Tuesday, October 5, 2010

King’s Park & Botanical garden

Overlooking the city of Perth and the Swan River, King’s Park and Botanical Garden is Perth’s number one tourist attraction and a focal point of any visit to the state of Western Australia. It is set on a huge 400 hectares (just under 1000 acres) of land, of which two-thirds is pristine native bush.

Imagine the Nyoongar (Aboriginal) people gathered on the hill Kaarta Gar-up (Mount Eliza on which King’s Park is located) overlooking the water … watching … curious … as boats of the early European explorers and settlers arrived, starting in 1829. The Swan River Colony grew slowly until the gold rushes in Kalgoorlie and Coolgardie in the 1890’s. From the park’s beginning in 1895 until 1901 it was known as Perth Park. Then in 1901 the name was changed to King’s Park when King Edward VII rose to the throne at the death of Queen Victoria.

King’s Park was created as a showplace for all the unique flora native to Western Australia. This was a huge undertaking to establish one location for all the varieties to be shown in separate gardens along the walkways, appearing as they would in their natural habitat. For instance, the huge Boab Tree was moved to the park in 2008. The still-living tree only looks dead, because it looses its leaves during the dry season. It lives to a great age, storing large amounts of water.
Another tree which fascinated us, as missionaries in the Australia Perth Mission, was the Tuart Tree. The original Mission Office was located on Tuart Hill, in the suburb of Tuart Hill, both named after the tuart tree.

It is impossible to capture in a brief description, all the unique and fascinating trees and wildflowers. One of our favorites was the state flower of Western Australia, the Red and Green Kangaroo Paw.
A few other favorites were the Bacon & Egg Plant,

the Princess Gum Tree with its honky nuts,

the Gualop Bell,

the Peppermint Tree,

the Everlasting Daisy,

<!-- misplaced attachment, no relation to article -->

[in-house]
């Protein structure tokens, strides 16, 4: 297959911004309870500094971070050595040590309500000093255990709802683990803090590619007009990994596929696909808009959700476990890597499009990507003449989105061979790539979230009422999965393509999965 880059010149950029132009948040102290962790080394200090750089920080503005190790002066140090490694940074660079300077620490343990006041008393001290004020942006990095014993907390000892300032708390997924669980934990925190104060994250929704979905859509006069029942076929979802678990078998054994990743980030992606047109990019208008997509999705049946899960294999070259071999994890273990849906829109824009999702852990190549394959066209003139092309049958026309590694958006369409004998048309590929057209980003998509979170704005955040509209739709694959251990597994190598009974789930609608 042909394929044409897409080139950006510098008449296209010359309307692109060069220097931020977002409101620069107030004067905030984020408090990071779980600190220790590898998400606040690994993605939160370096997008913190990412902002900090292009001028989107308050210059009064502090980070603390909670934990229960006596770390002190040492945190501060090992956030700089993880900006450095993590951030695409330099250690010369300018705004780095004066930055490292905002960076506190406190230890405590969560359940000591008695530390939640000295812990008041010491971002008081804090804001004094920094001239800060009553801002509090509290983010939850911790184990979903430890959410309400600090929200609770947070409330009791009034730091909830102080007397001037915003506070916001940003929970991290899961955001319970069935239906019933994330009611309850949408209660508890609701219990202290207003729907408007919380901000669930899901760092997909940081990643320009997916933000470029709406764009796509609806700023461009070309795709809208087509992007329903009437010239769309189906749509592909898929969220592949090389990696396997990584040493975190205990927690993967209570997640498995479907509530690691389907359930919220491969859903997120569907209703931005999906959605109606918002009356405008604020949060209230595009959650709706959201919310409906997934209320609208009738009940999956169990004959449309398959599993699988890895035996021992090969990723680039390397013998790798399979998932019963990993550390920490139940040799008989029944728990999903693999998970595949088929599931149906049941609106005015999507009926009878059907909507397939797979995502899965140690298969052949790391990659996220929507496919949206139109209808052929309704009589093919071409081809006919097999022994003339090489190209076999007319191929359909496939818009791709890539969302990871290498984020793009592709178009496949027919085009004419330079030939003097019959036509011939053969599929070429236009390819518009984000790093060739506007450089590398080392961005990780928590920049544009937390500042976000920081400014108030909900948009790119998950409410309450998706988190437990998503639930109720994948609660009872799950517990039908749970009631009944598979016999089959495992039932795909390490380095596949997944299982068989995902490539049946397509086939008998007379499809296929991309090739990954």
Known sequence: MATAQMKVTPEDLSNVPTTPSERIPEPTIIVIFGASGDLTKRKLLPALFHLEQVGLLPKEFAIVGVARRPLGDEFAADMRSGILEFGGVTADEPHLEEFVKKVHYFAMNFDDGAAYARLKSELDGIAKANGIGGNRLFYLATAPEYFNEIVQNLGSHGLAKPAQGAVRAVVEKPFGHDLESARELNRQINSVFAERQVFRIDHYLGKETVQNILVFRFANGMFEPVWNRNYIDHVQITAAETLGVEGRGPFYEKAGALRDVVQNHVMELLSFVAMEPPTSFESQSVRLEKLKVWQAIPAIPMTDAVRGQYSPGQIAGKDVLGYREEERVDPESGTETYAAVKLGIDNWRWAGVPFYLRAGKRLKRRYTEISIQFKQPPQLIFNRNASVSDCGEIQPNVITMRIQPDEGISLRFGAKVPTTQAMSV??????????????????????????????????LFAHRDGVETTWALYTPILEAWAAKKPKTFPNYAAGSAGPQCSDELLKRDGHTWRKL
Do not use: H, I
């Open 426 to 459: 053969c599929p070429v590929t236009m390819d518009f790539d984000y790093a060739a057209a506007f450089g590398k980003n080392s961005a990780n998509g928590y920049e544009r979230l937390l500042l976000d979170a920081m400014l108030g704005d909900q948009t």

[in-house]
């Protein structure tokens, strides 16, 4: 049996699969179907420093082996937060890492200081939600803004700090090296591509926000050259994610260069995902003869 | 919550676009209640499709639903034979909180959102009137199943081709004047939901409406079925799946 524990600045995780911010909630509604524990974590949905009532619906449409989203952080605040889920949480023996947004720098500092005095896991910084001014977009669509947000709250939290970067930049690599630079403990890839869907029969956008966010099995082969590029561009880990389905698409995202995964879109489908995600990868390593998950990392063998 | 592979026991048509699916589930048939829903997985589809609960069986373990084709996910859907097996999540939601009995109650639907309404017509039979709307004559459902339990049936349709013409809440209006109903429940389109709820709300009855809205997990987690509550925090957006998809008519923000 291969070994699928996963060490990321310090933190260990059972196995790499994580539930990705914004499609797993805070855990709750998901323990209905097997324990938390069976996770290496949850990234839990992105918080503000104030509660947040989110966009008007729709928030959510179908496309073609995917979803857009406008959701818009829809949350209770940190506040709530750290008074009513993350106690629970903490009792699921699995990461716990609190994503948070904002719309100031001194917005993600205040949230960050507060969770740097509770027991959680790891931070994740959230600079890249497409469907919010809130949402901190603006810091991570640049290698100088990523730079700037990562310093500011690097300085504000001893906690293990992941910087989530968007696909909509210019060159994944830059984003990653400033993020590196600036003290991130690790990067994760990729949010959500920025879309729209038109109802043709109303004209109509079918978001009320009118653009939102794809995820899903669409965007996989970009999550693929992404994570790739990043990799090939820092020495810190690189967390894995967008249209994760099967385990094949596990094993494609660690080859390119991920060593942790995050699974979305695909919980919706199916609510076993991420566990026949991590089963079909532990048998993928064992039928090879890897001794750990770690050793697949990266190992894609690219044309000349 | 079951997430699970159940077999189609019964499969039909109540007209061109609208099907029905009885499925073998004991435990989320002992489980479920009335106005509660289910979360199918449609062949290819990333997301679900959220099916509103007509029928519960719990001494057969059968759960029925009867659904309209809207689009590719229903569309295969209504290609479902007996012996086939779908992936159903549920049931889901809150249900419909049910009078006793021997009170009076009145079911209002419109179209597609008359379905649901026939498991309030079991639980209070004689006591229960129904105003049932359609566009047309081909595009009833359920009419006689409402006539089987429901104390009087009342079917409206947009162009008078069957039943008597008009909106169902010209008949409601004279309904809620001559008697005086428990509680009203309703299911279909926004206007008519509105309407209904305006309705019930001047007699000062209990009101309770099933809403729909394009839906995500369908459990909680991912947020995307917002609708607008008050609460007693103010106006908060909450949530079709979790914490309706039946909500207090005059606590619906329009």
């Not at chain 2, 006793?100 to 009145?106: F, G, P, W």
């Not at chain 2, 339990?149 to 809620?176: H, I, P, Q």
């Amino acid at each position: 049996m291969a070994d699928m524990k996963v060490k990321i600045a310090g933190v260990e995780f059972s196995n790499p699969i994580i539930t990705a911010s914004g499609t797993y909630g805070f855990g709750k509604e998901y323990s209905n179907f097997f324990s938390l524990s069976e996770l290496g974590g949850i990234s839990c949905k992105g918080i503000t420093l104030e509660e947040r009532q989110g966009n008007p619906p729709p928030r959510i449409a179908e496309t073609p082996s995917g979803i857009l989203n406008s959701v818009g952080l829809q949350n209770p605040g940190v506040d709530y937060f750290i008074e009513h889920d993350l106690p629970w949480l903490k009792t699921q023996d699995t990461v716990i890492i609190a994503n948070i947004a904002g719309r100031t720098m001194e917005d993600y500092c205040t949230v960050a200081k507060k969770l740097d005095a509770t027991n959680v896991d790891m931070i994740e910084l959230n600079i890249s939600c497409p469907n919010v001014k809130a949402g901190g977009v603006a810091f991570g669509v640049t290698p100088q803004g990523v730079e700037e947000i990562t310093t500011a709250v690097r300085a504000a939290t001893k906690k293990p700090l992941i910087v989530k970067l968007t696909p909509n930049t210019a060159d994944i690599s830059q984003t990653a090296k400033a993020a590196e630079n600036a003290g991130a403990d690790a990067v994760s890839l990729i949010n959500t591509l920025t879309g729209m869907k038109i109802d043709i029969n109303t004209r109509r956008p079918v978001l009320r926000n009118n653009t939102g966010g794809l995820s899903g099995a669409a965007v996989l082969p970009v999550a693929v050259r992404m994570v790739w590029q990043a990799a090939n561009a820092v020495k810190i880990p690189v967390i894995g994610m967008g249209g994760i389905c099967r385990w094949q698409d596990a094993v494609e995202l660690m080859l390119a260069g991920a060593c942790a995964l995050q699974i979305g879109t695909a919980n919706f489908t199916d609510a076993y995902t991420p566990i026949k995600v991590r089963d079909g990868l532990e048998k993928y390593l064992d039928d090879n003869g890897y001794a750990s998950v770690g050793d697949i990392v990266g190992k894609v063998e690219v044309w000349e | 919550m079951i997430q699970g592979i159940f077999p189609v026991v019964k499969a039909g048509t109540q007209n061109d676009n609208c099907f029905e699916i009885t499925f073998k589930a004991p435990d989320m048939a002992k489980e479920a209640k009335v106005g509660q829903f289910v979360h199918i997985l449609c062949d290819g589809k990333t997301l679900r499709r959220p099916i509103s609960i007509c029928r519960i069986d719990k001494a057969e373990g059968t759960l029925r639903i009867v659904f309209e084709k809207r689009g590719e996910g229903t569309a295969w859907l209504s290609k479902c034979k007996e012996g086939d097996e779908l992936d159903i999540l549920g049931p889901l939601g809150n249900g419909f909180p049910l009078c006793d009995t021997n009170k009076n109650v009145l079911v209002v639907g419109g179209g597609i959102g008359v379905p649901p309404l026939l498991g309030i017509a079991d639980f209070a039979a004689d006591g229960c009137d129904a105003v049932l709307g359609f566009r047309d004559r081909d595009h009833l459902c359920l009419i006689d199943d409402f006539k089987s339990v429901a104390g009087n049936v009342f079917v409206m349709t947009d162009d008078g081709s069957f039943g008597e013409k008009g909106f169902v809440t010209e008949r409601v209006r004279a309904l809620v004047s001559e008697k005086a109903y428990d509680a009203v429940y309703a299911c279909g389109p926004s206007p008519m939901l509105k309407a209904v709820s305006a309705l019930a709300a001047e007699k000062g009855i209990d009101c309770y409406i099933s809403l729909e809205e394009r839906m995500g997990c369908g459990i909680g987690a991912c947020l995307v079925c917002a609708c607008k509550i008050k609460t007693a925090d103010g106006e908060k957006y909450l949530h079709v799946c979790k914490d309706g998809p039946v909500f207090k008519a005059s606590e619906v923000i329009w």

and others, too numerous to count. One which really fascinated us, though, was the Balga Tree which resembles a bad hair day and when in bloom has one tall “turkey tail” sticking up. It has a hollow center, and is said to grow only one centimeter each year.

We really enjoyed the bridge under the towering gum trees. It gave us a beautiful view from above.
Once again our tour guide was Helen Cope from Doubleview Ward. This time we were joined by all the Office Senior Missionaries. Pictured left to right are Elder and Sister Nielsen; Helen Cope; Sister and Elder Crawford from Escalante, Utah; Sister Matuauto, an American Samoan from SLC; and Sister Kruger, from near Birmingham, England.

Another feature of the park that we enjoyed was the water fountain.
The King’s Park Festival occurs each September, with its spectacular display of over 3000 different plant species gathered from across the State, from the South-west region up into the Kimberley. The mass displays of wildflowers in bloom is expected to last for three months or more.

The highlight of the day was a Wildflowers Wonderland Theatre Show entitled “The Adorable Florables. Live actors, performing as various wildflowers, performed a hilarious comedy, which included numerous “plays on words.” Mom even had her picture taken with the actor portraying the state flower, the Red and Green Kangaroo Paw. The show was a “hoot” according to dad. A perfect ending to “another grand adventure Down Under.”

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